On my first day of school I felt very nervous, but my mother hugged me and told me I would make wonderful memories with my new friends, just as she had. But on that day, I knew I would face difficulties I could not even imagine, for I was a Bahá’í girl living in an Islamic country. The first major struggle I faced was when my classmates reached the age of accountability. Muslim girls reach the age of accountability at the age of nine, and this important milestone is usually celebrated in schools and mosques. I remember when our religious education teacher began preparing students in my school for this ceremony. There was to be a school trip to one of the mosques in our city, and our principal had asked a tailor to sew a chador, which was made of light pink satin, for each of the students to wear on this occasion.
A few days before the school trip, my mother came to the school to explain to the principal why I could not participate in this ceremony. But a week later, the religious education teacher approached me in the school yard where I was playing with my friends, smiled at me, and asked me to walk with her to the corner of the school yard, where no children were playing, so we could talk alone. The teacher began by explaining the beauty and greatness of Islam and went on to say that being a Muslim was the key to lasting happiness. She added that if I did not follow Islam, I would be thrown into hell, a blazing fire which is fueled by “men and stones.” Then she told me several terrifying stories from the Quran about how non-Muslims would burn in hell. She made sure I understood that that boiling water would be poured over the bodies of the unbelievers to scald their skin. I stood in the corner of the schoolyard, scared and speechless. Eventually, she had to leave to break up a fight between two students. But before she did, she asked me to think about what she had said, and invited me to the celebration.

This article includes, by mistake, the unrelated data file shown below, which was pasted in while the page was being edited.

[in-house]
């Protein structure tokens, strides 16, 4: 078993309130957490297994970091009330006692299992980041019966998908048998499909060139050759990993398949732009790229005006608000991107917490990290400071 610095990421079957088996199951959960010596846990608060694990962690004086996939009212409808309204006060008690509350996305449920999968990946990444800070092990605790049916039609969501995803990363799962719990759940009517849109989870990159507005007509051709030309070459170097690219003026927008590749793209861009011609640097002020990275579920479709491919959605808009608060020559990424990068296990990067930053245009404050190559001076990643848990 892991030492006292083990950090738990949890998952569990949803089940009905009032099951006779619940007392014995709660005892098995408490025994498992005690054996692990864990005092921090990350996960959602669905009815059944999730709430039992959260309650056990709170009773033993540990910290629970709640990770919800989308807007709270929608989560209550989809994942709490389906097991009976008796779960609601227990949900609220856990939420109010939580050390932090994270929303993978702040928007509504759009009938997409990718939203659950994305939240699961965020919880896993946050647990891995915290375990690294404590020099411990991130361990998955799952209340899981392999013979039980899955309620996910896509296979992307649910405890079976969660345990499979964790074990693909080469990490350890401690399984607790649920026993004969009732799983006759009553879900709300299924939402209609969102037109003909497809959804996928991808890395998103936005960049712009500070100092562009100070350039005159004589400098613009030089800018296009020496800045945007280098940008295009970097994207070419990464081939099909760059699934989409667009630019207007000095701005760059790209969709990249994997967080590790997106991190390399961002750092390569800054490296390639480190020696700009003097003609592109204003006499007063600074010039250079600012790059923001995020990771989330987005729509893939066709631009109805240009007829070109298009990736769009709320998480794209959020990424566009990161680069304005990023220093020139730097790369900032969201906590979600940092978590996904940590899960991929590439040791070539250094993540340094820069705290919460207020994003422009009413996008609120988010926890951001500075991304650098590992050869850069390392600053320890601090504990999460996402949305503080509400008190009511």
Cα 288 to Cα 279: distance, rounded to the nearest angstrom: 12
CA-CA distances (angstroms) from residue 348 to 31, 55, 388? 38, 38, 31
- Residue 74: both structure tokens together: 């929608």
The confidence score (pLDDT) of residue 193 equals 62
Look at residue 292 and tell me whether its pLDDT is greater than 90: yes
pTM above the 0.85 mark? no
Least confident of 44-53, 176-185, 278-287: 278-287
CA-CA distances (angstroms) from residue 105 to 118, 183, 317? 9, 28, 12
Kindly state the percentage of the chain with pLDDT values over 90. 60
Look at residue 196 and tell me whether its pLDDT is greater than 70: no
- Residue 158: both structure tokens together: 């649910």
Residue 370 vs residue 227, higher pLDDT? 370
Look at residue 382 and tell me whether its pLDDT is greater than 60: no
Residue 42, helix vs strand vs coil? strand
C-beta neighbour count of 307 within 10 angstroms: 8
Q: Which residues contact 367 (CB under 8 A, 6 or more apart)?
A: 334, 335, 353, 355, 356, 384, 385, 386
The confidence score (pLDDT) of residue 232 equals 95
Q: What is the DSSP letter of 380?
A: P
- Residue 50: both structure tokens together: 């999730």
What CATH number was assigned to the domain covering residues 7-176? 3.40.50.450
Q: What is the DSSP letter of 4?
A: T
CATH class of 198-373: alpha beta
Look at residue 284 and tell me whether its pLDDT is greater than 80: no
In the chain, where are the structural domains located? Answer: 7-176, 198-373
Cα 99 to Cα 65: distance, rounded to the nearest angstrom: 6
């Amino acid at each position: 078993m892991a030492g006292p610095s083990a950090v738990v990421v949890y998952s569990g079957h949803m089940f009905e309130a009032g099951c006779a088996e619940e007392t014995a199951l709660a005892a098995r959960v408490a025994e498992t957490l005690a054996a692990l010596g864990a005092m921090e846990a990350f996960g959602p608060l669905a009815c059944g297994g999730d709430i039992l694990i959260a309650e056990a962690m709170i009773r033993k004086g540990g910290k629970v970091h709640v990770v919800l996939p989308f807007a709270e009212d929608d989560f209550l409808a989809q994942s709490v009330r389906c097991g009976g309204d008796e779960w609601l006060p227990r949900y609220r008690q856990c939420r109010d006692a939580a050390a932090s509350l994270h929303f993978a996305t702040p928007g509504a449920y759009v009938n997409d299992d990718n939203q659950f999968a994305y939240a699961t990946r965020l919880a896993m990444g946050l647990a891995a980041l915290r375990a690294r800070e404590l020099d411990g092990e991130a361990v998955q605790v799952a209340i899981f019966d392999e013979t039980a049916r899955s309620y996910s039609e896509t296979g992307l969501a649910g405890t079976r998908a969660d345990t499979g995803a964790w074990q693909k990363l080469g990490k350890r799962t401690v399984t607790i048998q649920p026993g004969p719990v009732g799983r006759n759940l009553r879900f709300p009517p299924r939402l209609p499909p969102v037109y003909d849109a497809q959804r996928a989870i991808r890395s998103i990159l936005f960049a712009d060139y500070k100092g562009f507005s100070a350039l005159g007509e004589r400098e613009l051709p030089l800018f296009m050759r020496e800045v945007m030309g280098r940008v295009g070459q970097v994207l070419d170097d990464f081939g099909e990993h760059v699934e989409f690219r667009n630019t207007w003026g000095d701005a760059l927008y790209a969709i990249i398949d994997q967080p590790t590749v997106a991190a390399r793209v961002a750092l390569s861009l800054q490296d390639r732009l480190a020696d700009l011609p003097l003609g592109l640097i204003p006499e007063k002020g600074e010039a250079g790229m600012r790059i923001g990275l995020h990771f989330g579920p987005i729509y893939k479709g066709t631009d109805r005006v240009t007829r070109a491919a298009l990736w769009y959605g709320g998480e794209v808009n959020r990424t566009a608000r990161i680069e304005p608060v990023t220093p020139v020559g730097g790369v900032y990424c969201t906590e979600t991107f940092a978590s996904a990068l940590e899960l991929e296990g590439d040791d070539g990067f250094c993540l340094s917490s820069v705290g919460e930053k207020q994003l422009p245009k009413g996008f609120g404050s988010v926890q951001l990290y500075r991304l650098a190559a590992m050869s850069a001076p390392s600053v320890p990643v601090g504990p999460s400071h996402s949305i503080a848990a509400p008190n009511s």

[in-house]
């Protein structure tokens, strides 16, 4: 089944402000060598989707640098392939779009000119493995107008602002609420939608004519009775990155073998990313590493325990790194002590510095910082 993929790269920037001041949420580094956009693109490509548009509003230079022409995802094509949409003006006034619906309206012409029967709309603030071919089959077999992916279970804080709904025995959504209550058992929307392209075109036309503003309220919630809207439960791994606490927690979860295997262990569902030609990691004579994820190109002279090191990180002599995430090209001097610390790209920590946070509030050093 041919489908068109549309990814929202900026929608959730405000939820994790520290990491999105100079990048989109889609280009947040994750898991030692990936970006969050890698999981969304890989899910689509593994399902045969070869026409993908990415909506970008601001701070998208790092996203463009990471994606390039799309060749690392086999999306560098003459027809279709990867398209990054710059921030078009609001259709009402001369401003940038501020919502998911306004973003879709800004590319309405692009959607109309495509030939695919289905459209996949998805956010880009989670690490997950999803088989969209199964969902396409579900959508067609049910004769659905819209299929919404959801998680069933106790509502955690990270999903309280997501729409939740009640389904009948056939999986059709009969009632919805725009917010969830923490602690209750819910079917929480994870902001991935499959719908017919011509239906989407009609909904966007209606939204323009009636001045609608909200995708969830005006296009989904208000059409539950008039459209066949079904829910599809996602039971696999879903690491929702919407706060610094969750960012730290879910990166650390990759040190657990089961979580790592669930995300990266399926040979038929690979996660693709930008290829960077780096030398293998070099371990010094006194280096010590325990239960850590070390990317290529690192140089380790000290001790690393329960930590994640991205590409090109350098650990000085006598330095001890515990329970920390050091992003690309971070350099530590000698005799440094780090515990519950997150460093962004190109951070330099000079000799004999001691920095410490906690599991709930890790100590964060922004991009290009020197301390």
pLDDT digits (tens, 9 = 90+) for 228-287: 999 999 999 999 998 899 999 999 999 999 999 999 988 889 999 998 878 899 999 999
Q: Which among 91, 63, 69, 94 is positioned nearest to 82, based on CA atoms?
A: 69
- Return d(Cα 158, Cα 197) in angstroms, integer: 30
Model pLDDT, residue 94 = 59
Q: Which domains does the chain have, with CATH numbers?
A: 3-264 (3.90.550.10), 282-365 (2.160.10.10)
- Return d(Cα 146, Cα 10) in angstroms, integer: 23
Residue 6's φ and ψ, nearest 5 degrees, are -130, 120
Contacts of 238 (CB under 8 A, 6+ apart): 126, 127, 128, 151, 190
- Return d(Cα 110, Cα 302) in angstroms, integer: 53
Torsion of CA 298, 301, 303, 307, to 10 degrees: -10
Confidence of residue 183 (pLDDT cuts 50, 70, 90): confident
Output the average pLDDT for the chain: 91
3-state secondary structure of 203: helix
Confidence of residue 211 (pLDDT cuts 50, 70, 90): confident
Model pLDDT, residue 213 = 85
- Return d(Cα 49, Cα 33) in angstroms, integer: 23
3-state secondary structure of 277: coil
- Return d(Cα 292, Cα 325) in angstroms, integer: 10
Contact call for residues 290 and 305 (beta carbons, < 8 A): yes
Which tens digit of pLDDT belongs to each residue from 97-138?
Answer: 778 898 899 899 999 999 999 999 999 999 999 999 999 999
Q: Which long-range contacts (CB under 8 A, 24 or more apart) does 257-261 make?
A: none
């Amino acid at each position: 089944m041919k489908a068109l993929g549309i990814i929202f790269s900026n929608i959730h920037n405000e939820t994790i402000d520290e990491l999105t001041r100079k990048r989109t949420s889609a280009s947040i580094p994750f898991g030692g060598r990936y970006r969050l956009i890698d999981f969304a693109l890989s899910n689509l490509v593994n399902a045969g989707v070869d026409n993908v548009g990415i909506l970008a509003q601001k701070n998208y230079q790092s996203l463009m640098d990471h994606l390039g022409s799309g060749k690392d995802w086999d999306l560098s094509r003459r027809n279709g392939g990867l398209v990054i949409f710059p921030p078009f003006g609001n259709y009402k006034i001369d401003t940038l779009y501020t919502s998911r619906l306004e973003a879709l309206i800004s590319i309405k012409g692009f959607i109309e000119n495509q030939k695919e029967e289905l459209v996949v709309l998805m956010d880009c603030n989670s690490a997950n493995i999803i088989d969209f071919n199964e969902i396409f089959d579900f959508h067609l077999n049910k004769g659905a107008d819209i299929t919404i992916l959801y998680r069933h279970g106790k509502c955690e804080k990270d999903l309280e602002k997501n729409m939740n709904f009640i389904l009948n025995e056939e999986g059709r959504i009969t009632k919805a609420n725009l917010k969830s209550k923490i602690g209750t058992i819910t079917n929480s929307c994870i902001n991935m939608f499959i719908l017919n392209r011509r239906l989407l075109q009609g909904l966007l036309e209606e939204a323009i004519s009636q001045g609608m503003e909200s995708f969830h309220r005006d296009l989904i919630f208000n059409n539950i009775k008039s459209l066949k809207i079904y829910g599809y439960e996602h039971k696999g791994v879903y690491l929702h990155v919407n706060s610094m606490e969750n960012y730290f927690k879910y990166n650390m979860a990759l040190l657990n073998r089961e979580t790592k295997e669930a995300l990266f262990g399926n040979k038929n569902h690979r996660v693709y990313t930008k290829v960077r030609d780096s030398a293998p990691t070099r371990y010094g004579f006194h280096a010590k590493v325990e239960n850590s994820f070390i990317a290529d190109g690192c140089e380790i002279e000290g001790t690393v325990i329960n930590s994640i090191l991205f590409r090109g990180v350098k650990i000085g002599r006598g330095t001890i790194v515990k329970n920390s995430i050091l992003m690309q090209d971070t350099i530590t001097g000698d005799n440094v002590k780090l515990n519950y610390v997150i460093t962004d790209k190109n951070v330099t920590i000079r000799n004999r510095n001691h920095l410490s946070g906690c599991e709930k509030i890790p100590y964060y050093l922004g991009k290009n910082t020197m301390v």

I came back to class and sat next to my best friend, Zahra. She asked me if I was all right. I didn’t want to talk about it, so I told her I was fine. Then she showed me the plastic crown, the color of gold, which had been given to her to wear during the ceremony the next day. I loved that crown with its three ruby stones and its shiny lining. That day as I walked home, I thought about my teacher’s stories and the crown. One minute, I imagined myself in a pink puffy dress wearing the crown, like some Disney princess. The next minute I saw myself in the hell suffering the pain of fire and boiling water.
When I arrived home, my mother saw that I was upset. She asked me to tell her what had happened at school. When I told her about my conversation with my religious education teacher and the golden crown that was given to my classmates, my mother hugged me and promised she would fix everything. The next day, I didn’t go to school, because my friends were going on the school trip to the mosque. My mother let me sleep in, then we went out to have our lunch at my favorite fast-food restaurant. That afternoon, my mother explained the real meaning of the stories the teacher had told me, according to the Kitab-i-Iqan by Bahá’u’lláh. Her words eased my mind and strengthened my faith. I felt relieved when I understood the true meaning of the frightening stories the teacher had told me. The next day, when I went to school, my teacher gave me a pack that was, she said, a gift from all Muslims. When I opened the pack, I saw some fruit, a small Quran, and something completely unexpected — a shiny golden crown! At that moment, I thought of my mother and felt the power of true love.